The Indiana Supreme Court issued an opinion on Tuesday upholding a lower court’s dismissal of a complaint filed by Roy Lee Ward in which he challenged procedures followed by the Indiana Department of Correction when they announced a change to the lethal injection protocol.
In May 2014, the Department of Correction announced it would alter the three-drug combination used for executions, replacing Sodium Thiopental with Brevital- a barbituate anesthetic in the same class. On December 22, 2015, Roy Lee Ward filed a complaint in the LaPorte Circuit Court against the Department of Correction alleging that the change to the lethal injection protocol violated his rights under the Indiana Administrative Rules and Procedures Act (ARPA) among other rights.
The trial court in LaPorte County granted the State’s request to dismiss the complaint, a decision that was later reversed by the Indiana Court of Appeals before winding up in the Indiana Supreme Court.
In a unanimous decision written by Justice Christopher Goff, the Court held that the Department of Correction’s lethal injection procedures do not constitute rules and are exempt from the rule-making restrictions of the ARPA.
Since the Department’s lethal injection protocol does not require Ward to alter his conduct in any way, it does not have the effect of law, the Court wrote.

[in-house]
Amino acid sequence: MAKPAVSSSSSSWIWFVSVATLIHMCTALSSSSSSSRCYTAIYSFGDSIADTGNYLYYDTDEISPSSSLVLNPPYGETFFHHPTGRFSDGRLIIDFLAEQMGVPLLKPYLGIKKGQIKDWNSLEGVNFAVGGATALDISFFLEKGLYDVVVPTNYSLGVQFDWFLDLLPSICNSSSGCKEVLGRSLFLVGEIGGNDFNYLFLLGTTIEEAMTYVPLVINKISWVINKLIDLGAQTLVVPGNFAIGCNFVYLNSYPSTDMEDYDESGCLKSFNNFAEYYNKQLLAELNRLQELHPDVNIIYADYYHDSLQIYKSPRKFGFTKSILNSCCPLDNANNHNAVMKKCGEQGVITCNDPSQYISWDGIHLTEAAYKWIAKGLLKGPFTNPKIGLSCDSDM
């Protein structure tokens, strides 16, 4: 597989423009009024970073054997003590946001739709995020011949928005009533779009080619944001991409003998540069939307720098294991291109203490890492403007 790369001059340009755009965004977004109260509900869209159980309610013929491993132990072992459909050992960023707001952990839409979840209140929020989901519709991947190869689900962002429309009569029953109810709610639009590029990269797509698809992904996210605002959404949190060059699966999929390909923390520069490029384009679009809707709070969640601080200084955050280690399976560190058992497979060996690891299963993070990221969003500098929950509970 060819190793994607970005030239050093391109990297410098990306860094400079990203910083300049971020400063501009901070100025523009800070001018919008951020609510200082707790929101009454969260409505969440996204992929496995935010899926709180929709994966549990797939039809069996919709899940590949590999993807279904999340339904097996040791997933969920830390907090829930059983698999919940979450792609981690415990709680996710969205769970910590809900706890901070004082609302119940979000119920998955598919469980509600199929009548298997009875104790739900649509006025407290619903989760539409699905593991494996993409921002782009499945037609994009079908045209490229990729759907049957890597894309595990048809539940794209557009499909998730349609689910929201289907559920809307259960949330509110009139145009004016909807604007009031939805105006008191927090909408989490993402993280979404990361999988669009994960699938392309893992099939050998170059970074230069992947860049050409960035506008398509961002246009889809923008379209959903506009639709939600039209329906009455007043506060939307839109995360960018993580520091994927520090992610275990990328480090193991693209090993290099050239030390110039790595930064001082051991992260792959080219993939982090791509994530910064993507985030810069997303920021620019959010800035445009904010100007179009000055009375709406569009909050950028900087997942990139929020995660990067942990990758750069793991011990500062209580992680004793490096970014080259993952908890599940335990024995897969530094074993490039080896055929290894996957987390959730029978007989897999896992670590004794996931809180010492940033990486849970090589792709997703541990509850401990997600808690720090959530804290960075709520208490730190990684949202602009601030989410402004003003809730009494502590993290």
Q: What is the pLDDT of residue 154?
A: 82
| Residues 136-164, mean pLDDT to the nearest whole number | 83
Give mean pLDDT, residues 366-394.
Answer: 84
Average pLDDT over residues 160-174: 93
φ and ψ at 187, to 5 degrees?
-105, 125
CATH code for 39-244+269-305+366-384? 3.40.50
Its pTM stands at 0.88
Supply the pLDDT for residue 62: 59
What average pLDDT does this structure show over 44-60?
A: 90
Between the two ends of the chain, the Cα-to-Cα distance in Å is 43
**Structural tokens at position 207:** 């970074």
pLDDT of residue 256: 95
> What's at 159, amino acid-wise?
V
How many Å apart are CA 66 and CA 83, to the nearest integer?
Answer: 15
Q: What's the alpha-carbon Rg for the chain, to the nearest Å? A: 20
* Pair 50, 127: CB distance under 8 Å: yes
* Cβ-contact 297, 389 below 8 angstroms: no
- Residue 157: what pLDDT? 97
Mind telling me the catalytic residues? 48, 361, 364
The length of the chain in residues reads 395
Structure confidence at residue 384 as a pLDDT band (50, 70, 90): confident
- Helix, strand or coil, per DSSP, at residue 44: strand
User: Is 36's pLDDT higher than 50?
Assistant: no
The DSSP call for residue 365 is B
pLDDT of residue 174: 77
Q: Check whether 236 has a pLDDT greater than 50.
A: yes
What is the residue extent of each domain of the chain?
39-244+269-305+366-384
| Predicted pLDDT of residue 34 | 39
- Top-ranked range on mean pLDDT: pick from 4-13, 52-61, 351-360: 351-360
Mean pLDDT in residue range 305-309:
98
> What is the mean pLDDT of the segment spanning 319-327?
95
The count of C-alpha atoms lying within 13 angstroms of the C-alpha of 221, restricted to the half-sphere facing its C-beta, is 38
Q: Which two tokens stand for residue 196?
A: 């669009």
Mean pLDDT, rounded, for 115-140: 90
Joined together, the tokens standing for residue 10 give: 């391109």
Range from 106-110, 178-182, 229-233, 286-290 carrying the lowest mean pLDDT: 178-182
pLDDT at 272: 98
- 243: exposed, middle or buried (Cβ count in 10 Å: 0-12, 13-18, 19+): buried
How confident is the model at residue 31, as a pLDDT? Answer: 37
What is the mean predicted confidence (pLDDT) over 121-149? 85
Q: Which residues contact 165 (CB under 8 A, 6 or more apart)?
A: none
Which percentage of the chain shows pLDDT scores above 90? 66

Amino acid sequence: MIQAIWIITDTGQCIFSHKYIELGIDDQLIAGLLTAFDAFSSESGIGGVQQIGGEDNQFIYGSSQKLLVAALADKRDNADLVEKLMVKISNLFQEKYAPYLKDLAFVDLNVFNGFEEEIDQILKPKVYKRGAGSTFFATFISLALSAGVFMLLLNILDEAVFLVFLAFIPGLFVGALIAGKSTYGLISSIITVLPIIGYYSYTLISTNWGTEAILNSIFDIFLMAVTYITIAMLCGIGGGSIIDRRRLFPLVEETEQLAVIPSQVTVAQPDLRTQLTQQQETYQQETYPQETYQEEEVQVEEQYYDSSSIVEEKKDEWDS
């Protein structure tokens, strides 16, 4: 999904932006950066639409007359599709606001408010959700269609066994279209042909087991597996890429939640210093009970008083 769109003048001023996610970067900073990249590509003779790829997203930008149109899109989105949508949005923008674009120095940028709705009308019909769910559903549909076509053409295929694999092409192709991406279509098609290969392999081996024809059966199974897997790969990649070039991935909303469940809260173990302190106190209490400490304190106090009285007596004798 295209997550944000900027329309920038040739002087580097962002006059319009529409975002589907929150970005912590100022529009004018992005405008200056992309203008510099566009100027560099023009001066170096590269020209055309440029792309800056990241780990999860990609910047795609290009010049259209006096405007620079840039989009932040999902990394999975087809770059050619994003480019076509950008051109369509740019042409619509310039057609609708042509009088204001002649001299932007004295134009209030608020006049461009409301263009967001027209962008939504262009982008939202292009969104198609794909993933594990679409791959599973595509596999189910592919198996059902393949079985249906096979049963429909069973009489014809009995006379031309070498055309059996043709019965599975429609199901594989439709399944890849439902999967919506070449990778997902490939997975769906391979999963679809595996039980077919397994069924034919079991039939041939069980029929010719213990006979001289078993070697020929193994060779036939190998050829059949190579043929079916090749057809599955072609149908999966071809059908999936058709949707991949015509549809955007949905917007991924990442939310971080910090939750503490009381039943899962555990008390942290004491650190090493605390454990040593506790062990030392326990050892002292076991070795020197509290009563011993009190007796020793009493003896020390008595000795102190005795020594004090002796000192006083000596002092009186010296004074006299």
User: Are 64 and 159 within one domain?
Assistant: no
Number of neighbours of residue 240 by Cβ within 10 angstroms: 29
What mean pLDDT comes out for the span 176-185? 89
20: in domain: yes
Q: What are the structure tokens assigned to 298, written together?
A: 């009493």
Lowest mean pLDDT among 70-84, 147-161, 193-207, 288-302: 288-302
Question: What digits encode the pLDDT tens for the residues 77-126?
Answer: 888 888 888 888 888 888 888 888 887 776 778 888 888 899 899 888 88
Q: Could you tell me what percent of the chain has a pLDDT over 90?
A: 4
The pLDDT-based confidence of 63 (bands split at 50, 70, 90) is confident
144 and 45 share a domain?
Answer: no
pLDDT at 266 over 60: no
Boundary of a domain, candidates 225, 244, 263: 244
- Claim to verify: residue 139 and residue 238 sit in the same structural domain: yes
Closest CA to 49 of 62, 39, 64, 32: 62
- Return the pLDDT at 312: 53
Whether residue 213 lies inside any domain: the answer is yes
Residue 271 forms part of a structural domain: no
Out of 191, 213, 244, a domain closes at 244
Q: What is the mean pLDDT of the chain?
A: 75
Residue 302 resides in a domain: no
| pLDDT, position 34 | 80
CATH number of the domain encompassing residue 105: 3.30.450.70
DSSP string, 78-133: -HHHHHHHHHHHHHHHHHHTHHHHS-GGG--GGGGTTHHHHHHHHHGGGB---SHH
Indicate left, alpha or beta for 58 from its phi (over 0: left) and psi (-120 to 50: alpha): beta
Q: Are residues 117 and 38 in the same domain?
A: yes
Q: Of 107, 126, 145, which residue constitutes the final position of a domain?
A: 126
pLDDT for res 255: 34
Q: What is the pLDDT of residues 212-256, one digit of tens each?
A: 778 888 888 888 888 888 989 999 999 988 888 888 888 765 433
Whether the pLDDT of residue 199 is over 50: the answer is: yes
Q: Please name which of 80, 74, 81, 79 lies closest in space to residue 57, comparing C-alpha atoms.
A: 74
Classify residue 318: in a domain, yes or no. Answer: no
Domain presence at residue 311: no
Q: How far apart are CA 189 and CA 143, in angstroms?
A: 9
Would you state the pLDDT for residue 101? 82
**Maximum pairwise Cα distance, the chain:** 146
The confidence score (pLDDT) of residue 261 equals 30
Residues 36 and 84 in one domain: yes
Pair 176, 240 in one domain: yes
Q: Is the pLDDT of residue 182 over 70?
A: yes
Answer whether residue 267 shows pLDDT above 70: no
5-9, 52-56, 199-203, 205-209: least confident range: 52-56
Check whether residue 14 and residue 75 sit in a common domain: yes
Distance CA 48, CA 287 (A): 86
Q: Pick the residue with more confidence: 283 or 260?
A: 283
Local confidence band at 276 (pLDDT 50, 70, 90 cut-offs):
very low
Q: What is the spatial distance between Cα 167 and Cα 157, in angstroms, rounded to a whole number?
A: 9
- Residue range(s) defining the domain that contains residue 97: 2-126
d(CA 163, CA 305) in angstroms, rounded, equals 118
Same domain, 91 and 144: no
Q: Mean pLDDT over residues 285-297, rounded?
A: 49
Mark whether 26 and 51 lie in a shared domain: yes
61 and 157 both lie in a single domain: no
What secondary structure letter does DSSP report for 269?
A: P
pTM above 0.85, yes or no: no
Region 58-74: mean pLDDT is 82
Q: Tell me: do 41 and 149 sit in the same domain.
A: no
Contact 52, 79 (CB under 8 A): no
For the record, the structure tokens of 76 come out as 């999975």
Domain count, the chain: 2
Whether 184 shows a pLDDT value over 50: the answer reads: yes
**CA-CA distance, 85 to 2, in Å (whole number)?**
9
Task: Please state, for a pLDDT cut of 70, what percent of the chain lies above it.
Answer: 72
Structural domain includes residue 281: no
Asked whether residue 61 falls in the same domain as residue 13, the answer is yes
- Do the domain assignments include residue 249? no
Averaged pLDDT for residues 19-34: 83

Ward remains on death row at the Indiana State Prison in Michigan City where he has been since 2007. Ward was convicted of the brutal rape and murder of Dale teenager, Stacy Payne, in 2001. The convictions were later reversed on appeal due to perceived pre-trial publicity surrounding the case. Ward was again sentenced to death in 2007 following a second trial conducted in Vanderburgh County with Clay County jurors in which Ward entered guilty pleas to both rape and murder.
Spencer County Prosecuting Attorney, Dan Wilkinson, was pleased with the ruling saying:
“There is bitter irony in Roy Ward arguing against the method to be used in his execution. Having been involved in the first trial and serving as co-counsel in the re-trial, I will never be able to forget the horrific images of what he did to Stacy Payne nor the innocent life he so coldly and brutally took away from her in July 2001.
During the second trial, Ward’s own psychological expert testified that he was a psychopath incapable of feeling empathy or remorse. I am pleased that this particular hurdle to imposition of Ward’s sentence has now been removed. Having exhausted all of the normal appeals, my understanding is that the Department of Correction will proceed developing their new lethal injection protocol at which time the Indiana Supreme Court will set Ward’s execution date. If there is only one case or one defendant where the death penalty is called for, this is that case.”